Joseph Haydn's piano trios are generally neglected, for the reason that many of them are little more than simple piano sonatas with violin and cello parts added to maximize the commercial potential for family music-making. The late ones, though, have more happening, especially in the piano parts. The ones written in London, for two talented female pianists (one of whom may have been Haydn's temporary squeeze), would certainly have been known to Beethoven, who went beyond them. But the Grieg Trio makes a case for these works in its own right. One movement from the Piano Trio in G major, Hob. 15/25, is a famous piece: the "gypsy" finale, which incorporates actual tunes of the Hungarian genre known as verbunkos. The Grieg players give it a lively and full-blooded performance. But the real attraction of these trios is the slow movements, wherein Haydn carried out some of the most daring harmonic experiments of his old age. Consider and sample the "Andante con moto" slow movement of the Piano Trio in E flat major, Hob. 15/30 (track 5), in C major (an extremely unorthodox choice to start with), as it winds into harmonies that otherwise lie more than a half-century in the future. The Grieg Trio lends full weight to these remarkable pieces, which deserve the deliberate treatment they get here: nothing is smoothed over. The church sound makes things a bit over-mystical: these pieces can stand up for themselves. But generally, this is a release that will nicely fill a hole in many Haydn collections.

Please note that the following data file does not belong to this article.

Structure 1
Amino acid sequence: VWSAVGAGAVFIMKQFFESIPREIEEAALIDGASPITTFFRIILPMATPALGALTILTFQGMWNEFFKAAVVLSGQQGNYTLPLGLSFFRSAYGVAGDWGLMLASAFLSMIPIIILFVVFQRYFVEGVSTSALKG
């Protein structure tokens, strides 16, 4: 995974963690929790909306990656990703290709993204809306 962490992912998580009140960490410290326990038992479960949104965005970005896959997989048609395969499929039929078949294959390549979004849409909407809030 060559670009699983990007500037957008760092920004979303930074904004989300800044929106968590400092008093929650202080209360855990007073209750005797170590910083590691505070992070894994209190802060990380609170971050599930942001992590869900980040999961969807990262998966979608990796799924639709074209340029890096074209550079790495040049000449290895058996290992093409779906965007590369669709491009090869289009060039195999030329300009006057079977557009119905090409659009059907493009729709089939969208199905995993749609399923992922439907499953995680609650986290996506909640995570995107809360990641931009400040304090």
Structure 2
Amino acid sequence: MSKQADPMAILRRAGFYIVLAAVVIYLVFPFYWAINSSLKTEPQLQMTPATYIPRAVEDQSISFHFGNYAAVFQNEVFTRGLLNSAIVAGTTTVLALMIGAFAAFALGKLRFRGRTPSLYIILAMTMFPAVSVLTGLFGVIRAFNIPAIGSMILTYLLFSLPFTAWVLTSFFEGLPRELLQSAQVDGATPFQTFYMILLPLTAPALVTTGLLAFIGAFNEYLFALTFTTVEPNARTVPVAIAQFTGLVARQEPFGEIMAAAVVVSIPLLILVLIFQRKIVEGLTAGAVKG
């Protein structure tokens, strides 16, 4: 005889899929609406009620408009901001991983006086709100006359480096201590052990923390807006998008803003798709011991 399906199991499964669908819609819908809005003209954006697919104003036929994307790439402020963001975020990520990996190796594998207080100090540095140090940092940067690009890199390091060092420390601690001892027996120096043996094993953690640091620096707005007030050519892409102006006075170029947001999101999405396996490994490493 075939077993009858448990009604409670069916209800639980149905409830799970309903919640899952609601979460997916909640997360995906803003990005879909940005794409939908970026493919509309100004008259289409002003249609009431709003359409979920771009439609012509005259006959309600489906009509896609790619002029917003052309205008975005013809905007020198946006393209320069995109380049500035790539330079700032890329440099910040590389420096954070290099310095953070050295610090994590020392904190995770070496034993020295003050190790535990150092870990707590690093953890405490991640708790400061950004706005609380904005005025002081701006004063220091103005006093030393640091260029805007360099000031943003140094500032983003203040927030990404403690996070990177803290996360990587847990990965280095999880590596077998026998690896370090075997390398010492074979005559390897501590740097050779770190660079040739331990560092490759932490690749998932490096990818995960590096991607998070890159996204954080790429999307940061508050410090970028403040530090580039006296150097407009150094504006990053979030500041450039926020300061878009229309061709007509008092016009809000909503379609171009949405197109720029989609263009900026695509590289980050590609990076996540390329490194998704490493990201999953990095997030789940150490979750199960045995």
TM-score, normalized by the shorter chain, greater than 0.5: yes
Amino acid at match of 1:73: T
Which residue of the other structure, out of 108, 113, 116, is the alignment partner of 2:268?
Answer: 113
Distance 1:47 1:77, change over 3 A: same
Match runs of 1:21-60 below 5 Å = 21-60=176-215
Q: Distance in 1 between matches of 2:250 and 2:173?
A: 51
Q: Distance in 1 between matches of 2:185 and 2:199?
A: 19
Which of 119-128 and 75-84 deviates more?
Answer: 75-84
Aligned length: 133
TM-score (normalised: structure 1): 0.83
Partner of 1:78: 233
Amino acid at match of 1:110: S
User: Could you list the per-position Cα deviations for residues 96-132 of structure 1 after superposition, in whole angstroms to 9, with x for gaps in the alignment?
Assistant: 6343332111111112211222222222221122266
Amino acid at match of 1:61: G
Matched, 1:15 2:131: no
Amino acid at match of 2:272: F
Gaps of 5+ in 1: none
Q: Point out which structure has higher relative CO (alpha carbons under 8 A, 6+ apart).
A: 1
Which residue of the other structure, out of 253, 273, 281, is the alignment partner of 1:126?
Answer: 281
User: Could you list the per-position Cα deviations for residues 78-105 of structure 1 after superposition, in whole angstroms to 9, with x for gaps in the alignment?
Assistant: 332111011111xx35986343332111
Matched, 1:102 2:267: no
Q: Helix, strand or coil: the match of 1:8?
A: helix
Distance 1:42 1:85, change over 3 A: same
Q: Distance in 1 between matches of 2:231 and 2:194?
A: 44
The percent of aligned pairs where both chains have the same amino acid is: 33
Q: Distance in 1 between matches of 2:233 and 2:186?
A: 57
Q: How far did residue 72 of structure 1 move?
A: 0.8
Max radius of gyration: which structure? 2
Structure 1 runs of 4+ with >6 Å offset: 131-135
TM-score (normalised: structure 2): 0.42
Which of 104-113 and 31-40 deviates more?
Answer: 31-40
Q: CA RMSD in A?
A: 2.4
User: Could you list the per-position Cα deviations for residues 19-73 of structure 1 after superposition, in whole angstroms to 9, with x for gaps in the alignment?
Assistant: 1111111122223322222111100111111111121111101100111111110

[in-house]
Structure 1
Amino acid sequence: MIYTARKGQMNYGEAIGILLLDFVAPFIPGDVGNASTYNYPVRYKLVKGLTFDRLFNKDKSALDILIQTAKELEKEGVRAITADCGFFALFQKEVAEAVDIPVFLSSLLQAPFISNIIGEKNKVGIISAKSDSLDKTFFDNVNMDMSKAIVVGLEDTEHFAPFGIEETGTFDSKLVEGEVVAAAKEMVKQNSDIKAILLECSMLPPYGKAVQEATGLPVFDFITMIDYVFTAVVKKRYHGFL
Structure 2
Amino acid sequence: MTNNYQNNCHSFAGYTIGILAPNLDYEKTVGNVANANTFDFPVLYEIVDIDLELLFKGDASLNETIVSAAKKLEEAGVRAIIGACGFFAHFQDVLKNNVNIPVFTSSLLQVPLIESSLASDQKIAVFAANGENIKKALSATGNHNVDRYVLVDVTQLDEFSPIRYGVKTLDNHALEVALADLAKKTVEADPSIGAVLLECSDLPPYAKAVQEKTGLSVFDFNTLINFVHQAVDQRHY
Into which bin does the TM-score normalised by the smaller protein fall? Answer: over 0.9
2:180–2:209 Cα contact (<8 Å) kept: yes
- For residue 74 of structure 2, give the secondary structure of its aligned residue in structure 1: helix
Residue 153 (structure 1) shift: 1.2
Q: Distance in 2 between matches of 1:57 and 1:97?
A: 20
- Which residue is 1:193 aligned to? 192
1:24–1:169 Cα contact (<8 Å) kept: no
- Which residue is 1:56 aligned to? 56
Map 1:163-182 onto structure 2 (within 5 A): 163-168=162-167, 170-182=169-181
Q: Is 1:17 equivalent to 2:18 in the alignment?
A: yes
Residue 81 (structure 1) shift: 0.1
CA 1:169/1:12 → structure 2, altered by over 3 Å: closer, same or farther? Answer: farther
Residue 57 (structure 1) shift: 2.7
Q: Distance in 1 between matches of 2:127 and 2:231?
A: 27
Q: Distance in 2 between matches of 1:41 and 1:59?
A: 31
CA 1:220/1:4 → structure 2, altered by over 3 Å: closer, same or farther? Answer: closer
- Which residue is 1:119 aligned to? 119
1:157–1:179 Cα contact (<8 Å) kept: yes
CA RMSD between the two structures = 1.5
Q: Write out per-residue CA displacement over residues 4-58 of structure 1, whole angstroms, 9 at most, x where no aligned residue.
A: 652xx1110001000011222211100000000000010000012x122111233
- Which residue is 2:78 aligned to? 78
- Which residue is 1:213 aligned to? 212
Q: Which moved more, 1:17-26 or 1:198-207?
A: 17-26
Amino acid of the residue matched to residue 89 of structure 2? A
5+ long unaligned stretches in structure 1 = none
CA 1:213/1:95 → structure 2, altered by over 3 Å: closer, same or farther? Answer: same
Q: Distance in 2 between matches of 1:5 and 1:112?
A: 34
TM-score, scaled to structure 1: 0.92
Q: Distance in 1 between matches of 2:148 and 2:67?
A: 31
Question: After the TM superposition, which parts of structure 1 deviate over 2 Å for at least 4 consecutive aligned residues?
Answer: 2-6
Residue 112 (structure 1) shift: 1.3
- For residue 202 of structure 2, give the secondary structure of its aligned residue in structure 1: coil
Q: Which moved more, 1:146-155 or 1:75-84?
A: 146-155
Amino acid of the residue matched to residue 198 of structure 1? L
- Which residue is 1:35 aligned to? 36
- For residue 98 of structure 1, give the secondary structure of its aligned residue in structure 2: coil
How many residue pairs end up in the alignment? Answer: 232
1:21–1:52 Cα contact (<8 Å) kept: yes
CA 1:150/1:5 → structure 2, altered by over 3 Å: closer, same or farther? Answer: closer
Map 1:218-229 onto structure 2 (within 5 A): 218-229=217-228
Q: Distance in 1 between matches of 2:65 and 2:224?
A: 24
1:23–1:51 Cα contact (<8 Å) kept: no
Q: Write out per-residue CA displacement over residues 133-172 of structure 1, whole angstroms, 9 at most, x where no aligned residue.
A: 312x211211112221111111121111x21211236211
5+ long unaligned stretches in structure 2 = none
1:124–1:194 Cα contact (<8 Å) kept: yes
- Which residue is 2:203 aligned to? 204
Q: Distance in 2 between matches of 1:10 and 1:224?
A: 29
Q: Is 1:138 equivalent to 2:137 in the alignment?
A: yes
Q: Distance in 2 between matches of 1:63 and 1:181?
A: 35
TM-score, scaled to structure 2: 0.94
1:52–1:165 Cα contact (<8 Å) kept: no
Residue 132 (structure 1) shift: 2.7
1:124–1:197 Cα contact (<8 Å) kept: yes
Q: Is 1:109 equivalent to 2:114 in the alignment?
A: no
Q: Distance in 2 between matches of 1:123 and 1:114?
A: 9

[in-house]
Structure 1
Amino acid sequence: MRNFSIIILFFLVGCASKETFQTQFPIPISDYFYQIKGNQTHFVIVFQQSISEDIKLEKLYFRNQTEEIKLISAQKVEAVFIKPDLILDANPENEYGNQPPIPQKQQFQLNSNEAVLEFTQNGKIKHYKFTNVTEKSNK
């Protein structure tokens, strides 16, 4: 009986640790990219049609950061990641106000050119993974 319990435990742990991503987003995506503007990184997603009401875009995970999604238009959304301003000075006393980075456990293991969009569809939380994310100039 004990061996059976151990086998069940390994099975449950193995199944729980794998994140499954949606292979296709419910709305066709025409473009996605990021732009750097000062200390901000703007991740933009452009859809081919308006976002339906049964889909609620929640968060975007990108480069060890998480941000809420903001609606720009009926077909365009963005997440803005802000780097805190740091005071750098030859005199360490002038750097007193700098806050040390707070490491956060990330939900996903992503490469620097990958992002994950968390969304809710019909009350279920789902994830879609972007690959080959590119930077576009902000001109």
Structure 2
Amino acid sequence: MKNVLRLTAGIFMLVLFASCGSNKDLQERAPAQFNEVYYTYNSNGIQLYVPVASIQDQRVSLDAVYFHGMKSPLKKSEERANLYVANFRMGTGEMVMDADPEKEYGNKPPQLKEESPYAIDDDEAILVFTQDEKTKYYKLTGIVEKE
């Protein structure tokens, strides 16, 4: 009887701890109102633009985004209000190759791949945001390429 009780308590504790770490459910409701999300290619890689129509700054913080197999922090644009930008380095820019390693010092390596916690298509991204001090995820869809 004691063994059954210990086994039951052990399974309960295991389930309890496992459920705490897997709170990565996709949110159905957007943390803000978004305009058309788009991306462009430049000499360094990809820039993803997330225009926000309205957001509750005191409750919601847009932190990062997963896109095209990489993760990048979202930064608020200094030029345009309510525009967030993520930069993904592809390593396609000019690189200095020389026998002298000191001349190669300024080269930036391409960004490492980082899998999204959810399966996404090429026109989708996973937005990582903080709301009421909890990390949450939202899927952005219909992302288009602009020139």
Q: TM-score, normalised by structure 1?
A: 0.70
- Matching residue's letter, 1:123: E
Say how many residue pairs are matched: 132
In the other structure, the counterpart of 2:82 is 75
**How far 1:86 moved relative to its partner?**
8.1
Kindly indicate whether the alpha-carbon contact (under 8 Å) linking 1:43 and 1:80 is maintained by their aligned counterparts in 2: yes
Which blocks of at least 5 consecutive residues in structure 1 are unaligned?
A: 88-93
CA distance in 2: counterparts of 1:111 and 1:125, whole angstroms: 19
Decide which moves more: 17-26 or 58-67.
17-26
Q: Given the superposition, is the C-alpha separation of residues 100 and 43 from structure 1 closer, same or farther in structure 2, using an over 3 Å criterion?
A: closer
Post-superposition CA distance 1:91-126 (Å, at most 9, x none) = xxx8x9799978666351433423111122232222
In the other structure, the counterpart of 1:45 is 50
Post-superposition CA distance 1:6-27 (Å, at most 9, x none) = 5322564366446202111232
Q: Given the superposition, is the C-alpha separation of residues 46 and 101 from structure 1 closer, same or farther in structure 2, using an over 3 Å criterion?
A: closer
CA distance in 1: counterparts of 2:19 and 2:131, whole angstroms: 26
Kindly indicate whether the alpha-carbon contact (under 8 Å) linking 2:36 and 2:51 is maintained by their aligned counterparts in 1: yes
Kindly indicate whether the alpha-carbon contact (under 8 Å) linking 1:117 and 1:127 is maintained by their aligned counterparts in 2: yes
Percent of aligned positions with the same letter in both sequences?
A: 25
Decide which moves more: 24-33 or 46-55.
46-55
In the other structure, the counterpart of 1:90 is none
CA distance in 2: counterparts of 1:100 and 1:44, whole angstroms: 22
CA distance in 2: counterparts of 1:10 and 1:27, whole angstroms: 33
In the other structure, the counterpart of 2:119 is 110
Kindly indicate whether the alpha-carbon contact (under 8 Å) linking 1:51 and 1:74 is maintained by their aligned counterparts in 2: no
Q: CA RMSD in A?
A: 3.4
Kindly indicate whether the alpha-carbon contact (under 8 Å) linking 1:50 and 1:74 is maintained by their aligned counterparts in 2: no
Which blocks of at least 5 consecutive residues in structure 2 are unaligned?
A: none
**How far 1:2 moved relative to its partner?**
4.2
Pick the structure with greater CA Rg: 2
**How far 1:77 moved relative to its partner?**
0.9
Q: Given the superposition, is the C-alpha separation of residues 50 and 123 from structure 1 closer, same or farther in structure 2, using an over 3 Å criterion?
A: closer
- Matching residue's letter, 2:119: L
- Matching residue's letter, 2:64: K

AllMusic Review by James Manheim
|Piano Trio in C Major. Hob XV:27|
|Piano Trio in E Flat Major. Hob XV:30|
|Piano Trio in F Sharp Minor. Hob XV:26|
|Piano Trio in G Major, 'Gypsy Rondo'. Hob XV:25|